The Bavarian State Library opens a new exhibition on constructed world languages: 125 years of Esperanto
Up until 9th September, the Bavarian State Library in Munich will be home to an interesting new exhibition which will cover the theme “Utopia and reality, constructed languages for the globalised world”. The exhibition will not only celebrate the 125th anniversary of Esperanto, but also the 100th year anniversary of Johann Martin Schleyer’s death. Johan Martin Schleyer was the German Catholic priest who invented Volapuk, another constructed language.
By illustrating how understanding can be simplified through an easy-to-learn language, common to all, the inventor of the artificial language Volapuk paved the way for the much more successful language Esperanto. Volapuk spread quite rapidly from southern Germany to other countries in Europe and even overseas. This led to the formation of associations, magazines and books in Volapuk and even the use of the language at international conventions.
However, following its initial triumph Volapük did die a quick death, this was due to language reform and Schleyer’s regimented development of the language. Even if his constructed language featured regular pronunciation, grammar and word formation, it was still relatively difficult to remember. Before Esperanto became popular, Volapuk’s time had already passed.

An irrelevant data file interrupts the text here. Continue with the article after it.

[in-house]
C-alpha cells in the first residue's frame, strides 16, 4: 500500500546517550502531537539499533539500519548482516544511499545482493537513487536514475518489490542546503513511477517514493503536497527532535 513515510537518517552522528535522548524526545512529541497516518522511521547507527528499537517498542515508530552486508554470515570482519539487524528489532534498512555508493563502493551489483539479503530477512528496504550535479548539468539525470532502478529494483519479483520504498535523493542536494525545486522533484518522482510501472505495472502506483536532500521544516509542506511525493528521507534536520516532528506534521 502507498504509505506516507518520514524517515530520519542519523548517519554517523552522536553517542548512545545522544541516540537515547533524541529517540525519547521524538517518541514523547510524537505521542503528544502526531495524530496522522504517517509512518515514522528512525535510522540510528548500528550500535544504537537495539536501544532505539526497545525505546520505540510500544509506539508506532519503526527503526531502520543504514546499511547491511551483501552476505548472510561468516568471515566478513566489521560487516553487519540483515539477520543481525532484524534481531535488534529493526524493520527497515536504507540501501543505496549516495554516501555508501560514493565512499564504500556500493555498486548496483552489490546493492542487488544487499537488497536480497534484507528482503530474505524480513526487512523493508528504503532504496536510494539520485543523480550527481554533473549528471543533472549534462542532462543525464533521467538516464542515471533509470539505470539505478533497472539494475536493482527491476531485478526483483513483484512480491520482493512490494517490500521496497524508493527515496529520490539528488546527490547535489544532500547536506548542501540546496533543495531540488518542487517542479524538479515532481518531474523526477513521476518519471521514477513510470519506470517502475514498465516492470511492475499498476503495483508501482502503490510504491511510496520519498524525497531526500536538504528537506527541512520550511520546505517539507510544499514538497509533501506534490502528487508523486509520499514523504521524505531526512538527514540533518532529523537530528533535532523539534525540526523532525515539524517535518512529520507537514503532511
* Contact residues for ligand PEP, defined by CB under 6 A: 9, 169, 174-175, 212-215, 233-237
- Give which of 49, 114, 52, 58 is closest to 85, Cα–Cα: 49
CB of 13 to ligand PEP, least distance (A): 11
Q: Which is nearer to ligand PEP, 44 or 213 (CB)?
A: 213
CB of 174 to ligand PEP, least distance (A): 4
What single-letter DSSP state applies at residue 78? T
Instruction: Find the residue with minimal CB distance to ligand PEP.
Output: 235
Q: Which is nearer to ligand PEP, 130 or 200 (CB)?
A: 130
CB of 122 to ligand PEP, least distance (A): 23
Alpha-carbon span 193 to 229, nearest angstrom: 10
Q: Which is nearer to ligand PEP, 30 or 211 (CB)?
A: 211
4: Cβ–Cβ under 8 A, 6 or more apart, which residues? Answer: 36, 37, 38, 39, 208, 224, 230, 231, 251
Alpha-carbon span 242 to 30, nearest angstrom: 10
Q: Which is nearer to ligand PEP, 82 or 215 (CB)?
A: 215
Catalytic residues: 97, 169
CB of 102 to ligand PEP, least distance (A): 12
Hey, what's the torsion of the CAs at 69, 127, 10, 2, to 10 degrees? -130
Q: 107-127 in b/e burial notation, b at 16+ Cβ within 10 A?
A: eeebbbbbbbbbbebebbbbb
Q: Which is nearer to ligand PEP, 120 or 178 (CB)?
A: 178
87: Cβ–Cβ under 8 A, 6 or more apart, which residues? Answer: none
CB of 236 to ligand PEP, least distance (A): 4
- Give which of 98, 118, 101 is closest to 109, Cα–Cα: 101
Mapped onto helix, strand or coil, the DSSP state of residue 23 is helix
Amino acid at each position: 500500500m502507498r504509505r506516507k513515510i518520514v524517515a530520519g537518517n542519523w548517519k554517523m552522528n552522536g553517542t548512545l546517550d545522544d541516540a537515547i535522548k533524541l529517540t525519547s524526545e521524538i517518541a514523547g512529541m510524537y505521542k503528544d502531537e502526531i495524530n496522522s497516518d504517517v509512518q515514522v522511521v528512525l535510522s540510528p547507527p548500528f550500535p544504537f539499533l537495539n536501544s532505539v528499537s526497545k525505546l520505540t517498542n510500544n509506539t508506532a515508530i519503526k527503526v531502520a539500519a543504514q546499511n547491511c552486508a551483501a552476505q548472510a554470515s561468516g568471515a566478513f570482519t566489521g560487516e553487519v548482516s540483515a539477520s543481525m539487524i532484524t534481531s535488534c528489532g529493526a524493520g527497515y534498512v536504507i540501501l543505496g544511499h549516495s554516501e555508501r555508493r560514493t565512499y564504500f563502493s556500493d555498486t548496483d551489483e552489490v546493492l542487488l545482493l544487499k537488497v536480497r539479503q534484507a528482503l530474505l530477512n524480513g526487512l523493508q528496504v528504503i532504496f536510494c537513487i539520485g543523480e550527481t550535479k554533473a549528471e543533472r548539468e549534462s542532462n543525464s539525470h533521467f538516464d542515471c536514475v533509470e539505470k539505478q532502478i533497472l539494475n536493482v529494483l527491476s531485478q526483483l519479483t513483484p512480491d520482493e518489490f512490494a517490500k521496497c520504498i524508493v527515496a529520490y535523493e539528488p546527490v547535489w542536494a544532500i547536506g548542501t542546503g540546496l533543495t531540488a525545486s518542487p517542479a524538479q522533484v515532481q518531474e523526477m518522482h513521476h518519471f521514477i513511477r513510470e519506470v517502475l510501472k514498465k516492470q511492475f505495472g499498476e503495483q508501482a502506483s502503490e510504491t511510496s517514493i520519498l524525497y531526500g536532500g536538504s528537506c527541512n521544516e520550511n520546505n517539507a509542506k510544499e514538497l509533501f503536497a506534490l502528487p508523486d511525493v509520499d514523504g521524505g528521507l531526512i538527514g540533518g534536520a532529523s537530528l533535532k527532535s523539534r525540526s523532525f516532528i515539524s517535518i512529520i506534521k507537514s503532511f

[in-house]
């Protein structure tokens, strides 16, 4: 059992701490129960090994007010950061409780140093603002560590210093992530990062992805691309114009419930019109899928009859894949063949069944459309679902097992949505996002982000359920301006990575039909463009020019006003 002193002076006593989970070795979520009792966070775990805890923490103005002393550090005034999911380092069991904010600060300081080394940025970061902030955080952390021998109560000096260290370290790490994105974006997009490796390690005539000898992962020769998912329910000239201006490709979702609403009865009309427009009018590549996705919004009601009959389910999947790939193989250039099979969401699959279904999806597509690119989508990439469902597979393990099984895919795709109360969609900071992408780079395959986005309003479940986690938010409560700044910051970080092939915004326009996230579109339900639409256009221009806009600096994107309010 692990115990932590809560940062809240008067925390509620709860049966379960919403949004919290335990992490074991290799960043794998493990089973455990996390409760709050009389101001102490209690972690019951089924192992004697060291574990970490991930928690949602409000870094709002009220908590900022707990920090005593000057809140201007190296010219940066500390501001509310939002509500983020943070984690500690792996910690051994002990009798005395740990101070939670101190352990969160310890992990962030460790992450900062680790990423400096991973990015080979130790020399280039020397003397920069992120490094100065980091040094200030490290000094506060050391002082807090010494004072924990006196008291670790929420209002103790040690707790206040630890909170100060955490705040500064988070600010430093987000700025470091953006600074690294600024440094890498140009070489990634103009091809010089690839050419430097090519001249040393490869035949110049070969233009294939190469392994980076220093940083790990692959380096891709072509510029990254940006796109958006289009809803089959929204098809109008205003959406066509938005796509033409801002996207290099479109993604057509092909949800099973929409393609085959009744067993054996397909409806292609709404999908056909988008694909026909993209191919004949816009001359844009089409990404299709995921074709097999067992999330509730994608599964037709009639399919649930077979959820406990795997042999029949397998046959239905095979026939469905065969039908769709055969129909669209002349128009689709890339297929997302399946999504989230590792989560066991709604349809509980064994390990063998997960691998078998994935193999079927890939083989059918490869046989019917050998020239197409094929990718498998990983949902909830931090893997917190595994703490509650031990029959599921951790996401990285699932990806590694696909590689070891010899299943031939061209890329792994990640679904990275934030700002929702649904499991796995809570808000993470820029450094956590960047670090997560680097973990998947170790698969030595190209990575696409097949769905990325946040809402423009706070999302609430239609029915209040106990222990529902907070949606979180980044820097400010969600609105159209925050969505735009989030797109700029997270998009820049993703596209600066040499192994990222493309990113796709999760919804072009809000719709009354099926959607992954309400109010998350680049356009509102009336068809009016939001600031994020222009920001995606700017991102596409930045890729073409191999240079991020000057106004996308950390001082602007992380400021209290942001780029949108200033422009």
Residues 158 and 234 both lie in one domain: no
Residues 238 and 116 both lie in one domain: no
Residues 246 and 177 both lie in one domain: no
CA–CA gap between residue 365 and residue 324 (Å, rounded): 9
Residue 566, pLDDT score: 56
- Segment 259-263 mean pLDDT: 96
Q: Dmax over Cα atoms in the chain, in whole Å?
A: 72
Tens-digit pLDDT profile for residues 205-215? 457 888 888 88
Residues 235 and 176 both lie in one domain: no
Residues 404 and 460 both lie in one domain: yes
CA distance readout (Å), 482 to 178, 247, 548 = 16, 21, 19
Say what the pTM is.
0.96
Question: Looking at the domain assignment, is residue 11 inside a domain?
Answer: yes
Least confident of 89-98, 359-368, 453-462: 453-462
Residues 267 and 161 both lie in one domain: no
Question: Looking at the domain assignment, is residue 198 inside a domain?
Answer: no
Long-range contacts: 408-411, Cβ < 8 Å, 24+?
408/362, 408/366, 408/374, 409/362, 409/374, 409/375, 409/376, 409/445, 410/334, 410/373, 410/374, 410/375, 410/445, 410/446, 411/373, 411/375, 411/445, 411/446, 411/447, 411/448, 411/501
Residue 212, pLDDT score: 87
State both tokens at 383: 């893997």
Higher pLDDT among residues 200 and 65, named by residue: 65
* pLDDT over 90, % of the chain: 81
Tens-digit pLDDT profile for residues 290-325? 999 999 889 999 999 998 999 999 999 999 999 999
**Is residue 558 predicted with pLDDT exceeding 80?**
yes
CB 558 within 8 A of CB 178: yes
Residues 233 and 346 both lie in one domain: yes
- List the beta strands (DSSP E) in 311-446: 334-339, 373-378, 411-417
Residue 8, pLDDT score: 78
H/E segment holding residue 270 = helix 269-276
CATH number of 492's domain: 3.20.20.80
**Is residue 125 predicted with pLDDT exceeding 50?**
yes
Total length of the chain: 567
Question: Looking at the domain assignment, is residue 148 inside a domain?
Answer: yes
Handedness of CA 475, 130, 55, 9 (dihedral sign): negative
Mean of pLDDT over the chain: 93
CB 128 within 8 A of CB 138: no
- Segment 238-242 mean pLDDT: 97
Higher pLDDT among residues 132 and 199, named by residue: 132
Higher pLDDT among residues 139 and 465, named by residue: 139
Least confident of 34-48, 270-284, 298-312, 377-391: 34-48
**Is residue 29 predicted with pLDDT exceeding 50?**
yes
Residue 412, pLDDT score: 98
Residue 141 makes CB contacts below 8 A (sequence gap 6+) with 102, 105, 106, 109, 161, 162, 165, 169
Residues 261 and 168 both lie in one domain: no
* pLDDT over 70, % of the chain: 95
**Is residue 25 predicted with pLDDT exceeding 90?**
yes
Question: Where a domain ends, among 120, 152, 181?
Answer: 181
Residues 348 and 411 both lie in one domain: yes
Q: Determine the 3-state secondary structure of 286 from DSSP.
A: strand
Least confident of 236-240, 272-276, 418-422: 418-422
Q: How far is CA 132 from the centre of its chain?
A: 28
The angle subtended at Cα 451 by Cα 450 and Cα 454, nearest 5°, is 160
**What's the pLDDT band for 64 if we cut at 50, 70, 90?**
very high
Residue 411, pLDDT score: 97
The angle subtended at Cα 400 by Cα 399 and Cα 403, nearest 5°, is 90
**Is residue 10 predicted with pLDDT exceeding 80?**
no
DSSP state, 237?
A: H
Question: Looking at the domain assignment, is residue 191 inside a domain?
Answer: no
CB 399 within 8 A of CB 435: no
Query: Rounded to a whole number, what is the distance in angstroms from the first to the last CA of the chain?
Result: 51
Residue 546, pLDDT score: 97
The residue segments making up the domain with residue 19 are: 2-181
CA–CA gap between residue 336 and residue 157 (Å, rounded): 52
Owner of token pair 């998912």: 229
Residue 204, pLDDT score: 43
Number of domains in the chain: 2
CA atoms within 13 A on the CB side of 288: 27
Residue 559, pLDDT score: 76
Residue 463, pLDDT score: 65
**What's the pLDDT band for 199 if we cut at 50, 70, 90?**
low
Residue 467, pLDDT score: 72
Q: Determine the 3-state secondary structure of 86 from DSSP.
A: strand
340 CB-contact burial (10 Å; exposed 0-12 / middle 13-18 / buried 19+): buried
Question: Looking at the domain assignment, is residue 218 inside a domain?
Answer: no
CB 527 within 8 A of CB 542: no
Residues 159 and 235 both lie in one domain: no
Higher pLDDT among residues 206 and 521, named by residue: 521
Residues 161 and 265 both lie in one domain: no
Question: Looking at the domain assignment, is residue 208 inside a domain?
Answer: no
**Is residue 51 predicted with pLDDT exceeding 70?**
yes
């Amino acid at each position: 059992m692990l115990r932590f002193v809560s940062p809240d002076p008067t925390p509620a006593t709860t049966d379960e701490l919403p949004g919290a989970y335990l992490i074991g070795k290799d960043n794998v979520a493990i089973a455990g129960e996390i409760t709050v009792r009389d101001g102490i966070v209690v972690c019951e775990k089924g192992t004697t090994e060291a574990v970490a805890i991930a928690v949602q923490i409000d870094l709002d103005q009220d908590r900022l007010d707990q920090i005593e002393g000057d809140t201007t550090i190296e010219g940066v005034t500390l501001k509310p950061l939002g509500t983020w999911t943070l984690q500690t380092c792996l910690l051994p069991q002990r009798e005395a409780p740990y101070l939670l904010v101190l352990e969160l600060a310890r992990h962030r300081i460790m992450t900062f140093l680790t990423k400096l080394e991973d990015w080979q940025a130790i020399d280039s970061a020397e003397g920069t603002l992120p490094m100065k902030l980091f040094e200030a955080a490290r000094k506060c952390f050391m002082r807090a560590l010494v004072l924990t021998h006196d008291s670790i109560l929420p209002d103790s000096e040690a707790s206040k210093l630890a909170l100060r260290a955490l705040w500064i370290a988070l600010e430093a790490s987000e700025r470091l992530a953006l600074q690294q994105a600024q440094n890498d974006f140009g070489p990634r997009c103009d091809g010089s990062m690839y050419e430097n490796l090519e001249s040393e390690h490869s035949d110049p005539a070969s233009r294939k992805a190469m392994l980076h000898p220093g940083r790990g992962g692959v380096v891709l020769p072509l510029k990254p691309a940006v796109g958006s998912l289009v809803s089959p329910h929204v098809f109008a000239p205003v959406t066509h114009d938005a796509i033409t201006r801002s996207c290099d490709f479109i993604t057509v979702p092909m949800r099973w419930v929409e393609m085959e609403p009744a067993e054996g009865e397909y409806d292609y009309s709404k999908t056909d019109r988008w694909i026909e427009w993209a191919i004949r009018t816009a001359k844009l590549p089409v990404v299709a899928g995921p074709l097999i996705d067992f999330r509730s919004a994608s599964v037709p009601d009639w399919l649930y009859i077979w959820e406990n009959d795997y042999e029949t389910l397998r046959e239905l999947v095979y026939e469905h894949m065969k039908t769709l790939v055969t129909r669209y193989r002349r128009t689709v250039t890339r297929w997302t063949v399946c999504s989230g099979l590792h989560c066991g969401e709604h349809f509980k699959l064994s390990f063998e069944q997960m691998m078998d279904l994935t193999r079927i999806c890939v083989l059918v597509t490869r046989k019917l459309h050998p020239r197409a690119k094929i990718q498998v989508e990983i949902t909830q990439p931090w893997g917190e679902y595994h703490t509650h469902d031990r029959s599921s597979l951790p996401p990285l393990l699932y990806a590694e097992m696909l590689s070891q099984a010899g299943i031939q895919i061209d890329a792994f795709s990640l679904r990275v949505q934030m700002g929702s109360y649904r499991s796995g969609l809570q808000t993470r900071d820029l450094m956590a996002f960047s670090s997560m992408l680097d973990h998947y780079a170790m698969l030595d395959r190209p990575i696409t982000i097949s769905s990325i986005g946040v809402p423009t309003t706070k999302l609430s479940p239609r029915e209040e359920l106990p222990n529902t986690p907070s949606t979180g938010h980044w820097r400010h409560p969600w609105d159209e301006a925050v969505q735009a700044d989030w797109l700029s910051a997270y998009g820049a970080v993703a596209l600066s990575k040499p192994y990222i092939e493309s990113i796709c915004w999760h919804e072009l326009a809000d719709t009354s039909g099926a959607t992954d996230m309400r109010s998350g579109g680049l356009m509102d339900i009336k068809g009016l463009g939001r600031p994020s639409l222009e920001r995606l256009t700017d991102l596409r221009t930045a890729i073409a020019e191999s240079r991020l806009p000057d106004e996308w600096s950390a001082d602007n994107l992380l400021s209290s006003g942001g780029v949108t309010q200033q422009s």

In 1887 the Polish physician Ludwig Zamenhof Lejzer published the first ever textbook for a universal world language: Esperanto. Zamenhof wanted constructed language, as Schleyer did, to end the Babylonian confusion of words. His first dictionary contained 1000 word roots that emerged from different languages. Unlike Volapük, Esperanto is formed of a simple combination of easier to remember words and sounds like a mix of Italian and Russian.
Although Esperanto has disappeared from the consciousness of most people, this language is still not dying out as quickly as you might think:
• According to a recent EU report between 200,000 and three million people Esperanto, worldwide.
• Vatican Radio broadcasts in Esperanto, Firefox is translated into Esperanto , and with more than 135,000 Wikipedia articles in Esperanto, the language is in 22nd place out of the 272 Wikipedia languages.
If you are interested in learning more about Esperanto, The Esperanto Association offers a wealth of information.